Access to Justice Apps – the opportunities and risks

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The BC Provincial Court welcomes the development of apps to increase access to justice for Provincial Court users. It’s no secret that many British Columbians encounter significant barriers to obtaining justice through the courts. Mobile and web-based apps offer exciting opportunities to reduce those barriers, but they also present risks that must be addressed. How can we seize those opportunities and reduce the risks?

Professors Jena McGill, Amy Salyzyn and Suzanne Bouclin of the University of Ottawa Faculty of Law have recently completed a report that offers some suggestions. They compiled and analysed an inventory of current access to justice (A2J) apps in Canada and the US, and found three trends:

  • A2J apps are designed to assist three distinct groups: lawyers, non-lawyer service providers, and the public.
  • Most A2J apps are free, although there may be fees for advanced features and upgrades. Apps targeting lawyers or connecting clients to lawyers are more likely to charge fees.
  • While private developers are responsible for creating most A2J apps, Canadian government and public bodies have recently ramped up their efforts to promote technological solutions to A2J problems.

The professors saw several ways in which carefully designed apps might serve to improve A2J for Canadians:

  • Mitigating financial barriers - Apps that eliminate or reduce the need for legal services by helping people produce legal documents may reduce the costs of preparing court documents and creating basic legal agreements.
  • Reducing psychological and informational barriers - Apps may reduce the stress associated with legal problems by demystifying court processes and the law. They may also introduce new ways for people to learn about the justice system and the law.
  • Reducing or eliminating physical barriers - Particularly useful in a province as large as BC, apps may provide legal information anywhere, 24/7, to anyone with access to the internet.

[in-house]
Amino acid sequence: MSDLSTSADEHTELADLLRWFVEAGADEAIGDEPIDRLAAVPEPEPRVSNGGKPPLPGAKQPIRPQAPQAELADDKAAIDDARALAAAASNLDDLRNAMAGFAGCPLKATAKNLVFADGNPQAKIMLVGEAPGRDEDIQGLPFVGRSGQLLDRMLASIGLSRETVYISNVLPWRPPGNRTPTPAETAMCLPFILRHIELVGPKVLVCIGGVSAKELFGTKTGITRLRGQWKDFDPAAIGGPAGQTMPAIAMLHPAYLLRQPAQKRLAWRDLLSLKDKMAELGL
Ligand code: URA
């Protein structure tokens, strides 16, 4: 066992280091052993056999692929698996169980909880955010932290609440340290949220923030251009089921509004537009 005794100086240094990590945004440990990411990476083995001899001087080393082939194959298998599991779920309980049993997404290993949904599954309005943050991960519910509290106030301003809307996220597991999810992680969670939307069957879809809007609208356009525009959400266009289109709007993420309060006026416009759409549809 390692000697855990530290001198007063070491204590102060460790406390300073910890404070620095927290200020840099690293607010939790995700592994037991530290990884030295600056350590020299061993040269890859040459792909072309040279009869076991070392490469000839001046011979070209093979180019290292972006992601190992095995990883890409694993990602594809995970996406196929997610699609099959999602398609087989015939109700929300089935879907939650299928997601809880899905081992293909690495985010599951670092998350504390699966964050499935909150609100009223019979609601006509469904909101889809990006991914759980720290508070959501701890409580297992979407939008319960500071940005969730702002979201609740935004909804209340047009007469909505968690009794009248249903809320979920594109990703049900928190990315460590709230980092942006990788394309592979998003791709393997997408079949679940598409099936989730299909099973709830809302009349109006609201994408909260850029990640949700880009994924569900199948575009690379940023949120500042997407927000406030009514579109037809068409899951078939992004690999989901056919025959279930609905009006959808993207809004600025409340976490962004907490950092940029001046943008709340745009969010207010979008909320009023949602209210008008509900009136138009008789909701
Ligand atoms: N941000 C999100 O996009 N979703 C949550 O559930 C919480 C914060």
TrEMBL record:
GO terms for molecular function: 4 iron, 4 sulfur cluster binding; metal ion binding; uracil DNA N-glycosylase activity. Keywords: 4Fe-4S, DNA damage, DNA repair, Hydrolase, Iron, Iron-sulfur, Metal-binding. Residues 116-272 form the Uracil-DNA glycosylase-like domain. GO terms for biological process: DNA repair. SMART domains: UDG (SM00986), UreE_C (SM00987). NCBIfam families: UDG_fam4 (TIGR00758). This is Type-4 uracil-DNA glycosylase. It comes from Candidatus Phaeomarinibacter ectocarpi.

• Addressing more needs than traditional legal services - Apps may provide self-help tools beyond those usually offered by lawyers.
  • Contributing to research - Apps may collect big data to help service providers better meet clients’ interconnected needs.
  • Modernizing public legal education - Apps may provide exciting opportunities for students and the public to gain legal information.

Photo credit Dariusz Sankowski

But they recognized some possible risks in using apps to tackle A2J issues:

  • Privacy and security - Unauthorized third parties might acquire and misuse information collected by apps.
  • Reliability - Since apps are not regulated, a user has no way to confirm that information is reliable. Apps offering inaccurate or out-dated information could mislead people with harmful consequences.
  • Regulatory issues - It can be difficult to distinguish between the legal advice that lawyers alone are authorized to provide and the legal information that others may provide. Since there is no regulatory oversight for most apps, some might amount to unauthorized practice of law.
  • Unequal access to justice - In order not to exacerbate the “digital divide”, the socio-economic, geographic and digital literacy barriers to computer use must be addressed.
  • Lessening the sense of urgency about A2J - The development of A2J apps could create a false sense of progress and distract public attention from the need to provide affordable and accessible legal and court services.

How can we take advantage of the benefits A2J apps offer, while managing the risks? The professors recommend development of ‘best practices’ guidance for A2J app developers, focused on Canadian circumstances. They suggest this could incorporate the federal Privacy Commissioner’s work on privacy practices for mobile apps, the World Wide Web Consortium’s guidelines, and aspects of the Canadian Medical Association’s guidelines on mobile health apps.

They also recommend more research in several areas in order to evaluate the effectiveness of A2J apps and inform development of policy on regulation, including:

  • App users’ demographics and usage patterns
  • Apps’ effectiveness at improving A2J outcomes
  • Available regulatory options, their benefits and risks

The BC Provincial Court supports the use of technology to overcome barriers to access to justice, but recognizes the related risks. The professors’ recommendations provide a good starting point for the work that needs to be done to maximize the benefits of legal apps while minimizing those risks.

The report is titled ‘Emerging Technological Solutions to Access to Justice Problems: Opportunities and Risks of Mobile and Web-based Apps’ and the inventories of Canadian and US apps are included as appendices.

An upcoming eNews will look at existing A2J and court-related apps, and future possibilities. If you have developed or are using such an app, tell us about it by tweeting @BCProvCourt.